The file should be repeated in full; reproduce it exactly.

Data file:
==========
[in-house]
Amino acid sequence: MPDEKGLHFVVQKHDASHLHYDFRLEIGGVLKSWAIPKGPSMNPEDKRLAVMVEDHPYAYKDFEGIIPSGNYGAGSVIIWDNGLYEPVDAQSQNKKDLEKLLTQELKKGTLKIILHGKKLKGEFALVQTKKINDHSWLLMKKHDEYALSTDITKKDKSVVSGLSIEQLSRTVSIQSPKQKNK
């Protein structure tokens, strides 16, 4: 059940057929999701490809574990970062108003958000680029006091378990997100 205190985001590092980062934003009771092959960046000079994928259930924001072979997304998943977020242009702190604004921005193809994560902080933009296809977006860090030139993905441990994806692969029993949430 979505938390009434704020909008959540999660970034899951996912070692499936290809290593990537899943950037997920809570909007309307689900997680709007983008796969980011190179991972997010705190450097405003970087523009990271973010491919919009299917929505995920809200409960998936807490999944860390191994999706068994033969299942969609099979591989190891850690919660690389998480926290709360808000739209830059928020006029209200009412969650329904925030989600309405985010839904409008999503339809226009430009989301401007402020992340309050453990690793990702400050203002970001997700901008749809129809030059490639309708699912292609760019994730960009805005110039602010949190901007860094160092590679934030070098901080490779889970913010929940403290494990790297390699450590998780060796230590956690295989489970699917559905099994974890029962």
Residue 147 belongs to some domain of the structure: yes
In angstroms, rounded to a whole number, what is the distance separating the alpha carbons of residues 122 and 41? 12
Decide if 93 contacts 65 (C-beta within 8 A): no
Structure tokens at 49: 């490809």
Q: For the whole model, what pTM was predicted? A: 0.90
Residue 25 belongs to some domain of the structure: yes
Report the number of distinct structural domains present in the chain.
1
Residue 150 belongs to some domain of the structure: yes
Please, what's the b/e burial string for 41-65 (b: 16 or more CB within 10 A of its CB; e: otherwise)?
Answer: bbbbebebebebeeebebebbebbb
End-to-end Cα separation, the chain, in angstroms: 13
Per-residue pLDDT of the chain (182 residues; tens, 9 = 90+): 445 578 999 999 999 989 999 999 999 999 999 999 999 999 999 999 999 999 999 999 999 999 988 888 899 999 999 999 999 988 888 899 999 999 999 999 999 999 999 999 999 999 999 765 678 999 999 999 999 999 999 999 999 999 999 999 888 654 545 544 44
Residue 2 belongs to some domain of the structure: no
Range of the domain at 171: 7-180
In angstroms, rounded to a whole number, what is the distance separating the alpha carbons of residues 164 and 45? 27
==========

[in-house]
Amino acid sequence: MPDEKGLHFVVQKHDASHLHYDFRLEIGGVLKSWAIPKGPSMNPEDKRLAVMVEDHPYAYKDFEGIIPSGNYGAGSVIIWDNGLYEPVDAQSQNKKDLEKLLTQELKKGTLKIILHGKKLKGEFALVQTKKINDHSWLLMKKHDEYALSTDITKKDKSVVSGLSIEQLSRTVSIQSPKQKNK
């Protein structure tokens, strides 16, 4: 059940057929999701490809574990970062108003958000680029006091378990997100 205190985001590092980062934003009771092959960046000079994928259930924001072979997304998943977020242009702190604004921005193809994560902080933009296809977006860090030139993905441990994806692969029993949430 979505938390009434704020909008959540999660970034899951996912070692499936290809290593990537899943950037997920809570909007309307689900997680709007983008796969980011190179991972997010705190450097405003970087523009990271973010491919919009299917929505995920809200409960998936807490999944860390191994999706068994033969299942969609099979591989190891850690919660690389998480926290709360808000739209830059928020006029209200009412969650329904925030989600309405985010839904409008999503339809226009430009989301401007402020992340309050453990690793990702400050203002970001997700901008749809129809030059490639309708699912292609760019994730960009805005110039602010949190901007860094160092590679934030070098901080490779889970913010929940403290494990790297390699450590998780060796230590956690295989489970699917559905099994974890029962």
Residue 147 belongs to some domain of the structure: yes
In angstroms, rounded to a whole number, what is the distance separating the alpha carbons of residues 122 and 41? 12
Decide if 93 contacts 65 (C-beta within 8 A): no
Structure tokens at 49: 């490809």
Q: For the whole model, what pTM was predicted? A: 0.90
Residue 25 belongs to some domain of the structure: yes
Report the number of distinct structural domains present in the chain.
1
Residue 150 belongs to some domain of the structure: yes
Please, what's the b/e burial string for 41-65 (b: 16 or more CB within 10 A of its CB; e: otherwise)?
Answer: bbbbebebebebeeebebebbebbb
End-to-end Cα separation, the chain, in angstroms: 13
Per-residue pLDDT of the chain (182 residues; tens, 9 = 90+): 445 578 999 999 999 989 999 999 999 999 999 999 999 999 999 999 999 999 999 999 999 999 988 888 899 999 999 999 999 988 888 899 999 999 999 999 999 999 999 999 999 999 999 765 678 999 999 999 999 999 999 999 999 999 999 999 888 654 545 544 44
Residue 2 belongs to some domain of the structure: no
Range of the domain at 171: 7-180
In angstroms, rounded to a whole number, what is the distance separating the alpha carbons of residues 164 and 45? 27